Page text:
Tomorrow evening, the Notre Dame Fighting Irish will continue to play football sports against the Northwestern Wildcats in Evanston, looking to keep their surprising run going for at least another week.
If the above is surprising to you, perhaps you should open another tab and do a little research on the 2018 NCAA college football season so far. Otherwise, you’re reading this article because you’re looking to understand how the Wildcats match up with the #4 team in the country.
Honestly, I think this could be an interesting game. Notre Dame has 4 games remaining in the 2018 season, and besides a game against the currently-19th-ranked Syracuse Orange in a couple weeks, the Wildcats likely present the greatest remaining challenge for ND.
Northwestern comes into this game with a 5-3 record, but they’ve won 4 straight after starting the season 1-3, including losses to Duke and Akron. Now, the Wildcats have wins at Michigan State and against Wisconsin, and sit alone in first place in the Big Ten West, needing only to defeat Iowa next week to secure a spot in the Big Ten championship game.
The Fighting Irish, meanwhile, come into this one sporting an 8-0 record, hot off a 44-22 win over Navy that was dominant but somehow not entirely satisfying, as the Irish couldn’t completely put the Midshipmen away and the starters had to play the entire game. Nevertheless, ND comes into this one as the #4 team in the first College Football Playoff rankings of the year, and looks to move up this week with a quality win and with the loser of the Alabama-LSU game dropping out of the top 4.
With all that said, let’s dive into the matchups to understand the key players and aspects of the game to watch, among...other things.
Here. We. Go.
Northwestern Offense vs. Notre Dame Defense
The Northwestern offense is nothing to write home about. Ranked 105th in the S&P+ and 86th in ESPN.com’s offensive efficiency metric, the Wildcats aren’t exactly a fantastic offensive squad. NU IS 27th in passing yards per game, however, thanks to talented-but-inconsistent QB Clayton Thorson.
Thorson has thrown for 2,072 yards and 10 TDs this season, but he’s also only completed 61% of his passes and thrown 10 interceptions. While capable of carving up opposing defenses, Thorson’s one performance against a defense on ND’s level (vs. Michigan’s #1 S&P+ defense — Notre Dame is #6 in S&P+) was just 174 yards on 16-for-27 passing. Put simply, the guy can be shut down by a good defense that gets pressure and can take away the running game (like many college QBs).
Notre Dame is absolutely a defense that can do that. Their pass rushing trio of Khalid Kareem, Julian Okwara, and Daelin Hayes is borderline unblockable — especially Okwara and Kareem. Expect to see those guys, along with DT Jerry Tillery in the middle, constantly in Thorson’s face in the backfield, coming up with a few sacks and forcing rushed/mistaken throws.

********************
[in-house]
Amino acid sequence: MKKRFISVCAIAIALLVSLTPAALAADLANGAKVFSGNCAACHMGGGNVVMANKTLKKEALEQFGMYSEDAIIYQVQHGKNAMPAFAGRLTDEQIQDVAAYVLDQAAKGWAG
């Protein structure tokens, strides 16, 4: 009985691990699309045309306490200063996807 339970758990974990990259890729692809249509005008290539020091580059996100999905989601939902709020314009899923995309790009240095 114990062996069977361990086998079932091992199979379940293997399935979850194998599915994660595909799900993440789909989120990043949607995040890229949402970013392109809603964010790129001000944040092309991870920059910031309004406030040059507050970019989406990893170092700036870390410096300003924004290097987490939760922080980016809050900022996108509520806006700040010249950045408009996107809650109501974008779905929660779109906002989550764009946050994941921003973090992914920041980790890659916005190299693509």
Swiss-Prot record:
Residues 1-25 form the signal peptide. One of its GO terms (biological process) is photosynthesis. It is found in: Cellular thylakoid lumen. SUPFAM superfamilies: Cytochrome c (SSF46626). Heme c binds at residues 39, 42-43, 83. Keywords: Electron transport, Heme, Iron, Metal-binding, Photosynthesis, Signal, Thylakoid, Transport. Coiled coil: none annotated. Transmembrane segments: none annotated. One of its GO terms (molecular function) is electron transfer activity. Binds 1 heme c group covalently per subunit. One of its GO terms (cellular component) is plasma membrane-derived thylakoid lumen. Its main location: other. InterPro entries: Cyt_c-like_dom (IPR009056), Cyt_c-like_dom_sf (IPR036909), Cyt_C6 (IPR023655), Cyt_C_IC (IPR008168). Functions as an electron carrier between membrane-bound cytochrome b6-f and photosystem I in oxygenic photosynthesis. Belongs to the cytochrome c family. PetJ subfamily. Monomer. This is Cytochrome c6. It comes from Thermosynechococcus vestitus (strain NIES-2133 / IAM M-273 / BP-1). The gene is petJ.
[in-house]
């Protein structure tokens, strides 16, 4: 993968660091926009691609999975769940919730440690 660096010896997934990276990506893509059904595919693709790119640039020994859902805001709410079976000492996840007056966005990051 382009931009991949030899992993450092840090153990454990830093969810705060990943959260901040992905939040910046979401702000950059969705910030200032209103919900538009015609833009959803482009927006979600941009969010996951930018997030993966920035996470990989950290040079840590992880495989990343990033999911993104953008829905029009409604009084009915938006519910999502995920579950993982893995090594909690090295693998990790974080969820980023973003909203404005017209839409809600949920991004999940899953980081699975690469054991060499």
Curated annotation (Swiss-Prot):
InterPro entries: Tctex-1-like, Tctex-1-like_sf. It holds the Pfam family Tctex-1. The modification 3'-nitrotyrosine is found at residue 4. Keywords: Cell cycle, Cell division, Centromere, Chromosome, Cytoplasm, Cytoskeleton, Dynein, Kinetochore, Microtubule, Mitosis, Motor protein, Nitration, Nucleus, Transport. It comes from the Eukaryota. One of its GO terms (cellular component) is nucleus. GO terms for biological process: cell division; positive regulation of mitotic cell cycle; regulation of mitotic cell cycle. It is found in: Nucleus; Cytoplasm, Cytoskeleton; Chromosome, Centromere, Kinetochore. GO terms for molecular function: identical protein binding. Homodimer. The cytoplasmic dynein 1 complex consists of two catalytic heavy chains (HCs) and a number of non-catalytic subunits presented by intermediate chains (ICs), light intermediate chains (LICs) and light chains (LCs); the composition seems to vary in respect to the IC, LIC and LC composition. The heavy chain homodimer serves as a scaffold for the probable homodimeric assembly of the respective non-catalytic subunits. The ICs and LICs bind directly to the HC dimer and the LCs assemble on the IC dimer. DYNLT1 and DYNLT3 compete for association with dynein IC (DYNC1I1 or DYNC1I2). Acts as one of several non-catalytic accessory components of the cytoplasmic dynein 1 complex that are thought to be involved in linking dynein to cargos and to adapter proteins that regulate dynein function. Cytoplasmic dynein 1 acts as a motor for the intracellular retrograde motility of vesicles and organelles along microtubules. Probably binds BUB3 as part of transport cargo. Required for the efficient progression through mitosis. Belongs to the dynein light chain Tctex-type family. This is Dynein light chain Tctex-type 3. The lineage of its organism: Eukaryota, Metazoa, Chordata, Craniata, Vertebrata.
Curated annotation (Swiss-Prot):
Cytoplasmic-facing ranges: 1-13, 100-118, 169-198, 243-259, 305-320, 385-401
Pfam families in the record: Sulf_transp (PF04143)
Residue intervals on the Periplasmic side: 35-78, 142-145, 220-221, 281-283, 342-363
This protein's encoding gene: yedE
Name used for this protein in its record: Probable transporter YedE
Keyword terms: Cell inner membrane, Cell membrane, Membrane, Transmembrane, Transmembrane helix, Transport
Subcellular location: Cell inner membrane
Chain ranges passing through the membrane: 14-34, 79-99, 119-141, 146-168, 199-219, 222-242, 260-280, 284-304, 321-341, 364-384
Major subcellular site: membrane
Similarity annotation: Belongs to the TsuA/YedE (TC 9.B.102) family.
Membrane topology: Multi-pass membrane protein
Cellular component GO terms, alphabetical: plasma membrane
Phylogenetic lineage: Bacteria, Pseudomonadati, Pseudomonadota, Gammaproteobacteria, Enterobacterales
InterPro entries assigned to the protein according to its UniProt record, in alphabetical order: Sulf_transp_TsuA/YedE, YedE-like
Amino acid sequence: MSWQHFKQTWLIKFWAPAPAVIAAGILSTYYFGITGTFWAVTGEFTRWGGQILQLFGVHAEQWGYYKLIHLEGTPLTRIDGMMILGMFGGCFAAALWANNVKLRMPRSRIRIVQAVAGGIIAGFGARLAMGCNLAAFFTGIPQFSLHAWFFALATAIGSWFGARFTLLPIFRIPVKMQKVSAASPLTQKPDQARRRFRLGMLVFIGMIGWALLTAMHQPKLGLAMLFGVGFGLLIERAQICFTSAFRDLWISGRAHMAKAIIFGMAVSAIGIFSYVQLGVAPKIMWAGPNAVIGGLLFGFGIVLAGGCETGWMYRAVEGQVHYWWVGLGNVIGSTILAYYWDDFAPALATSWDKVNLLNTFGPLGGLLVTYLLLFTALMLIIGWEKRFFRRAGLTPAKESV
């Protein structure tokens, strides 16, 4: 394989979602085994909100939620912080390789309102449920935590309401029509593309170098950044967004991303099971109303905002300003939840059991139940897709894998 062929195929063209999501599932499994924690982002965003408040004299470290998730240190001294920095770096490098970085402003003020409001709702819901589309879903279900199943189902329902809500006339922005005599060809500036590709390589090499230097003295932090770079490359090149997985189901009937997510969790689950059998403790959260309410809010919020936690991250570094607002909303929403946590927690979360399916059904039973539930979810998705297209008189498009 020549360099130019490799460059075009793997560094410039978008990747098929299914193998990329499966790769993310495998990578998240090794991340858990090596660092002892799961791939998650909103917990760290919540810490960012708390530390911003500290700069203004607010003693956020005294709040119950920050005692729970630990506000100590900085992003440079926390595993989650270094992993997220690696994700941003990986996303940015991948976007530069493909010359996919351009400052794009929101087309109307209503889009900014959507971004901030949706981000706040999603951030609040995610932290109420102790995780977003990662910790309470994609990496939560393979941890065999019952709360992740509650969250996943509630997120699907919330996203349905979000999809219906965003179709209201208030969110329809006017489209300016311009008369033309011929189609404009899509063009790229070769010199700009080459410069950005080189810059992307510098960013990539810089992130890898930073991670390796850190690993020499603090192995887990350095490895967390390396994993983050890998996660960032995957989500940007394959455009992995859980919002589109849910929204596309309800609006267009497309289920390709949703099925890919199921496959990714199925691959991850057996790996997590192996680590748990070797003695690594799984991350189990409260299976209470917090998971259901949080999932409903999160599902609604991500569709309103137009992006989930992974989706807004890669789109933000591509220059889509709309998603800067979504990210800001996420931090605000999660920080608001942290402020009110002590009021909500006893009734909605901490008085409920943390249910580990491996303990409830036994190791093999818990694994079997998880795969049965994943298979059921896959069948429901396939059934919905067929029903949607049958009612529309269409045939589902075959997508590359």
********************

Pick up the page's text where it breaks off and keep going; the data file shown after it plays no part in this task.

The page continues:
If, however, NU’s offensive line are able to give Thorson a little time, he will look to connect with a number of solid receivers, led by WR Flynn Nagel. Nagel has 59 catches for 711 yards and 2 TD and will look to find separation and similar success against a tough ND secondary led by All-American candidate Julian Love.
Nagel will be joined by guys like Bennett Skowronek (33 rec, 410 yds, 1 TD), Cameron Green (36 rec, 315 yds, 3 TD), and Kyric McGowan (6 rec, 170 yds, 2 TD), but with Love, Troy Pride Jr., Jalen Elliott, and Alohi Gilman roaming in the secondary, it should be interesting to see how many turnovers they can come up with in this one, considering Thorson’s propensity to turn the ball over and considering the Notre Dame defensive line’s ability to pressure the QB.
The other aspect of the Northwestern offense to watch for is the running game, which features Isaiah Bowser, who took over as starter after Jeremy Larkin was forced to retire for health reasons. Bowser has been solid so far, running for 227 yards and 3 TD, but with just 3.8 yards per carry, he isn’t exactly the most efficient option for Northwestern.
Knowing Notre Dame’s ability to swallow up opposing rushing offenses, look for Bowser to maybe have a few decent runs, but for guys like Jerry Tillery, Jonathan Bonner, Te’von Coney, and Asmar Bilal to do a good job containing and stuffing Bowser for little gain on most plays. Furthermore, if Drue Tranquill’s sprained ankle is healed enough for him to play, he will obviously factor into stopping the run as well, considering his sure-tackling nature and speed at linebacker.
Overall, Northwestern has some talented weapons who could do some damage, but Clark Lea’s defense has been excellent for 8 straight games — it’s unlikely that Thorson and co. light them up in any way, so I don’t think it will be an incredibly high-scoring game for the Wildcats.
Offensive Wildcat to Watch
WR Flynn Nagel
I think Isaiah Bowser will mostly be shut down tomorrow, and Clayton Thorson will have his moments, but also his missteps. So, I think the key for Northwestern is having enough big plays through the air to keep the chains moving, put up points, and keep the ND offense off the field. Nagel is the guy who has to BRING IT for Northwestern to do so.